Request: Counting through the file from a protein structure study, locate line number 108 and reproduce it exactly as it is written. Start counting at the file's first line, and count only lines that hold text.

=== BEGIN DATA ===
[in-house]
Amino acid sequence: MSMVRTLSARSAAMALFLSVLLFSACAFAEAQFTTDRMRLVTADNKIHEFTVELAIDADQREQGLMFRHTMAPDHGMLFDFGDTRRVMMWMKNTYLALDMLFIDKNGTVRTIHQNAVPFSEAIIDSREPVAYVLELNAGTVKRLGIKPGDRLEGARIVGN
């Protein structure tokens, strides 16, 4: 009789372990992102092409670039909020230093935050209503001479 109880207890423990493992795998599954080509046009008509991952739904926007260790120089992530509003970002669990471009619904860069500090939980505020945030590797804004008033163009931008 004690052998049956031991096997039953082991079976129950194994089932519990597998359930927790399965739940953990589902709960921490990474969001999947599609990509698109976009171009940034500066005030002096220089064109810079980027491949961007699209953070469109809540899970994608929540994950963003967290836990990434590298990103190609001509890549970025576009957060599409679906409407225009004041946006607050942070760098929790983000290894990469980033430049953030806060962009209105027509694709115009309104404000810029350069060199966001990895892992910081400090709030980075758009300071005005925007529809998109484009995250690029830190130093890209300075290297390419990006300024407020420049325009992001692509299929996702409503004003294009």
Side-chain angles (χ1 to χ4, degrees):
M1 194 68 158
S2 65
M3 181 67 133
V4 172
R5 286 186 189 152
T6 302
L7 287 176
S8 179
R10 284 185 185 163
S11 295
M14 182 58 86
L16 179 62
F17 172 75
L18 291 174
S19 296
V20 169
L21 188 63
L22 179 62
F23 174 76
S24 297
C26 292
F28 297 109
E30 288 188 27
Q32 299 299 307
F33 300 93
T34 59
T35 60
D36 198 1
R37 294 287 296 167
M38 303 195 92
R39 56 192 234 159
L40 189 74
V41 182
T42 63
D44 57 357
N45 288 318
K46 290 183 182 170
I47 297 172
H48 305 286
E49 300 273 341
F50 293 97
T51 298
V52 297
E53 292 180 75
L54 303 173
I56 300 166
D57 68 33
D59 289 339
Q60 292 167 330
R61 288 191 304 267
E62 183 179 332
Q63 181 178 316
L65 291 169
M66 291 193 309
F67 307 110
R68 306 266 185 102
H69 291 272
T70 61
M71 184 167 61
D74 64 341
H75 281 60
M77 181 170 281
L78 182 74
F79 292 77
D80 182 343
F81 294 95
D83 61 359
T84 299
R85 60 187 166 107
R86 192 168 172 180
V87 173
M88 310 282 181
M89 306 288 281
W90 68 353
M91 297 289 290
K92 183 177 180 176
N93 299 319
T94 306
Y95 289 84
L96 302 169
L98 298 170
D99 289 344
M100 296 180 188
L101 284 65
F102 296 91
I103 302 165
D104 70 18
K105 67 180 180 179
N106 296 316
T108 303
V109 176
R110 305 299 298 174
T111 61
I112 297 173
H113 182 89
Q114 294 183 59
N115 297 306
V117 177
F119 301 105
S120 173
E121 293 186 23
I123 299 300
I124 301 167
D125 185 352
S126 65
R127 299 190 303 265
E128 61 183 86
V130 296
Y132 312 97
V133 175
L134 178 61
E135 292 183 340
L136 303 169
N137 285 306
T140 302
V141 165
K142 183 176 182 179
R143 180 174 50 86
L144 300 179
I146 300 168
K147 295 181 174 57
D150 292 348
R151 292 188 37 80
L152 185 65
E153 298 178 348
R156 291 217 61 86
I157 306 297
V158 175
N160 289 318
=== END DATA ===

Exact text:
D125 185 352